The Device Physics of Metal Halide Perovskite Interfaces, Part 1: Drift-diffusion Simulations and Underlying Physics
Piers Barnes a, Davide Moia a, Ilario Gelmetti b c, Phil Calado a, William Fisher a, Michael Stringer d, Onkar Game d, Yinghong Hu e, Pablo Docampo e f, David Lidzey d, Emilio Palomares b g, Nelson Jenny a
a Department of Physics, Imperial College London, UK
b Institute of Chemical Research of Catalonia (ICIQ), Barcelona Institute of Science and Technology (BIST), Spain
c Departament d’Enginyeria Electrònica, Elèctrica i Automàtica, Universitat Rovira i Virgili, Avinguda dels Països Catalans, 26, Tarragona, Spain
d Department of Physics and Astronomy, University of Sheffield, UK
e Department of Chemistry and Center for NanoScience (CeNS), LMU München, Germany
f Physics Department, School of Electrical and Electronic Engineering, Newcastle University, UK
g ICREA – Institució Catalana de Recerça i Estudis Avançats, Passeig de Lluís Companys, 23, Barcelona, Spain
Proceedings of International Conference on Hybrid and Organic Photovoltaics (HOPV19)
Roma, Italy, 2019 May 12th - 15th
Organizers: Prashant Kamat, Filippo De Angelis and Aldo Di Carlo
Poster, Piers Barnes, 178
Publication date: 11th February 2019

We have recently introduced a circuit model for perovskite solar cells which encapsulates their key transient and frequency domain behaviour[1]. The circuit model was developed through analysis of our open source time-dependent drift-diffusion simulations which couple the effects of mobile ionic charge to the behaviour of free electrons and holes in the device (https://github.com/barnesgroupICL/Driftfusion). Not only do the simulations reproduce hysteresis in the current-voltage characteristics and transient behaviour of perovskite solar cells[2], they also reproduce impedance spectroscopy measurements[2]. We show that the apparently huge capacitances and inductances inferred from low-frequency impedance measurements arise from the out of phase modulation of recombination and injection across the interfaces and not from the accumulation and release of electronic charge at the interfaces. We will discuss the underlying assumptions and validity of the simulations, and the implied device physics. We show that the mechanism which relates mobile ionic charge redistribution (or surface polarisation) to the rate of interfacial electronic transfer is via an electrostatic ‘gating’ effect of the ions. This effect can be understood by drawing analogy with the charge transfer between the emitter and collector of a bipolar transistor where the current is modulated ‘gated’ by the potential applied to the transistor’s base.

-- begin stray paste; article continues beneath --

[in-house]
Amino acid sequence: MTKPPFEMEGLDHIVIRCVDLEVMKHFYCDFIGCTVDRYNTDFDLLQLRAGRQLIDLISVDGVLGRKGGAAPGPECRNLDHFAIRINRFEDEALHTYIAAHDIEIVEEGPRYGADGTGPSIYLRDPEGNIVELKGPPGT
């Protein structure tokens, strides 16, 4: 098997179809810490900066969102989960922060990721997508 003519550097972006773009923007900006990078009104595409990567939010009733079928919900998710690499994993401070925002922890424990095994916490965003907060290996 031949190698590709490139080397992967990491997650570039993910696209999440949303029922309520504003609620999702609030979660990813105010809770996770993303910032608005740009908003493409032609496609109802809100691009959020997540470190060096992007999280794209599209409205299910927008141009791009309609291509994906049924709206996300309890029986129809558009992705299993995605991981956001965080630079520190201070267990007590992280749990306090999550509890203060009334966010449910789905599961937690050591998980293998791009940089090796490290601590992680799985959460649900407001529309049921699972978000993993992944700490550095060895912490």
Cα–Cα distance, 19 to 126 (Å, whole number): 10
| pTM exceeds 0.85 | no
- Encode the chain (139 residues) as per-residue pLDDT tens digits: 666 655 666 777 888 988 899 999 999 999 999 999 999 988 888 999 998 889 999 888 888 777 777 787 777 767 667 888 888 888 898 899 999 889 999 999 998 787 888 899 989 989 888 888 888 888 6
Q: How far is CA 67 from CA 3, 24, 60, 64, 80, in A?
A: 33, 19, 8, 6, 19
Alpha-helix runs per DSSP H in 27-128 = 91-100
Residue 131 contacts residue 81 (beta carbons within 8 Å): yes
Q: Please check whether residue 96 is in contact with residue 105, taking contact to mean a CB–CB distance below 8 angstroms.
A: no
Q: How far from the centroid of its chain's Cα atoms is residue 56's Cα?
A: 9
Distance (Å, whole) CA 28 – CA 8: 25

[1] D. Moia, I. Gelmetti, P. Calado, W. Fisher, M. Stringer, O. Game, Y. Hu, P. Docampo, D. Lidzey, E. Palomares, J. Nelson, P. R. F. Barnes, Ionic-to-Electronic Current Amplification in Hybrid Perovskite Solar Cells. arXiv:1805.06446, 2018

[2] P. Calado, A. M. Telford, D. Bryant, X. Li, J. Nelson, B. C. O’Regan, P. R. F. Barnes, Evidence for Ion Migration in Hybrid Perovskite Solar Cells with Minimal Hysteresis. Nat. Commun. 2016, 7, 13831.

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